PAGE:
PHILADELPHIA — PHILADELPHIA -- As world leaders gathered at the United Nations this week for the opening of the 61st General Assembly, the shadow of Darfur hung over them all.
On Tuesday, from the U.N. podium, President Bush again labeled the slaughter of hundreds of thousands of civilians in Darfur as genocide. Yet the killing, conducted by Sudanese government forces and militias, is intensifying.
Sudan is blocking a proposed U.N. peacekeeping force of 20,000, which would have strengthened an unarmed observer force from the African Union. The 7,000 Africans are now set to leave by Sept. 30, depriving 2 million Darfurian refugees of their last shred of protection.
One year ago at a U.N. summit, world leaders adopted a historic doctrine called "Responsibility to Protect." The doctrine endorsed international intervention when governments fail to protect their populations from mass murder. This was a stunning departure for an organization based on the inviolable sovereignty of states within their borders.
Memories were still fresh of the genocidal horrors of Bosnia and Rwanda (where an estimated 800,000 were slaughtered in 1994 as the world dithered).
U.N. Secretary-General Kofi Annan warned that they would "be pledged to act if another Rwanda looms." Clearly, some signatories had no intention of honoring their pledges.
Sudan's western region of Darfur was obviously meant to be the first test case. The Sudanese government was engaged in massive ethnic cleansing of black Muslims.
Mr. Bush, along with prominent Republican senators, has been outspoken on Darfur. He backed a U.N. Security Council resolution in August that authorized a peacekeeping force of 20,000 for Darfur. The United States would not send troops but would help with logistics. Even China and Russia, which do business deals with Sudan, did not overtly oppose the resolution.
However, Sudan has refused to let the U.N. peacekeepers into the country. The world leaders who so movingly denounce genocide, including Mr. Bush, have yet to pressure the Sudanese regime to accept the blue-helmet troops. So the killing goes on.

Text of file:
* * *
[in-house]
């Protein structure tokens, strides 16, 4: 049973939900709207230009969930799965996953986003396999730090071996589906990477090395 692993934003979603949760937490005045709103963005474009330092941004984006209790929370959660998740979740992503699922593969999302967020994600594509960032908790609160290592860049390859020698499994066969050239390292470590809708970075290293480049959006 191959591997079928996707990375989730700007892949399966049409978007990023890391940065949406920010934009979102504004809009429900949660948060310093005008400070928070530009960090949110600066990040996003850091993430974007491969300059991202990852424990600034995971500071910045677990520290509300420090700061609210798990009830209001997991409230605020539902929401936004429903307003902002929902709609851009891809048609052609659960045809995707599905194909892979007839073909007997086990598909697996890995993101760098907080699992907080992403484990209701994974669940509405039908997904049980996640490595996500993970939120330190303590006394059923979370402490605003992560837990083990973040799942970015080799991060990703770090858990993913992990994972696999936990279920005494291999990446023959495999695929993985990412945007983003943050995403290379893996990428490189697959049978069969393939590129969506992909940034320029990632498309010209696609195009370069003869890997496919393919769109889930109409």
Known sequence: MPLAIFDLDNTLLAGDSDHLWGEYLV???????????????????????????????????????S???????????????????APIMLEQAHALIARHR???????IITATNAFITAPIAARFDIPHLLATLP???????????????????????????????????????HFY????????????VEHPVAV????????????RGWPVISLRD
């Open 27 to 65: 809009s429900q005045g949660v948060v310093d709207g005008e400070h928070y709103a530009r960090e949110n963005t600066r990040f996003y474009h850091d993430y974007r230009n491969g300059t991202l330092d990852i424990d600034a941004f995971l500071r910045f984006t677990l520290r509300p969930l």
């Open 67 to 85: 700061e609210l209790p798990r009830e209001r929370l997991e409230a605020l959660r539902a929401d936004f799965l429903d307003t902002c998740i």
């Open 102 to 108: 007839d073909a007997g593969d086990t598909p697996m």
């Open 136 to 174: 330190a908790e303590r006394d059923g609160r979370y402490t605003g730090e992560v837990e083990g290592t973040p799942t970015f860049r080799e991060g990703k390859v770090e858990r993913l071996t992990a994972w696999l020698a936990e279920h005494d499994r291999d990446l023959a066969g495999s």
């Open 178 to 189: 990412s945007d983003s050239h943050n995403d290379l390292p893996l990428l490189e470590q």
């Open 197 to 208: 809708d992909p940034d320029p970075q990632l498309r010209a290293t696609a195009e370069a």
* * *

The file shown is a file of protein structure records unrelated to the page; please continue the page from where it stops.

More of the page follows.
Here's what is especially infuriating about the impasse: The United States and its allies have the leverage to squeeze the government in Khartoum. In 2005, the Security Council authorized sanctions - an international travel ban and a freeze of any international assets - on individuals who impede peace in Darfur. A U.N. expert panel proposed a list of top Sudanese officials for such sanctions. None has been punished.
Sen. John McCain and former Sen. Bob Dole have another excellent suggestion on how to pressure individual Sudanese leaders. The United States and its allies should use satellite technology to record Darfur atrocities and then remind Sudanese leaders that the International Criminal Court has jurisdiction to prosecute them for war crimes.
So, why hasn't the United States pressed for enforcement of U.N. sanctions on Sudanese officials? Some say Washington has hesitated because it wants Khartoum's cooperation in the hunt for Islamist terrorists. Whatever the reason, the need for sanctions is urgent.
If African Union forces leave next week, Sudanese leaders will have free rein to kill Darfurians with impunity. Even if the Sudanese let the Africans stay, these unarmed troops can do little but record the massacres. Nor can Mr. Bush's new special emissary on Darfur, Andrew S. Natsios, be effective if the Sudanese feel the pressure is off.
America can urge China and our Arab allies to squeeze Khartoum, but it's time to lead by example. Otherwise, Mr. Bush will be complicit, along with other world leaders, in the final chapter of the Darfur genocide.
Trudy Rubin is a columnist for The Philadelphia Inquirer. Her column appears Tuesdays and Fridays in The Sun. Her e-mail is email@example.com.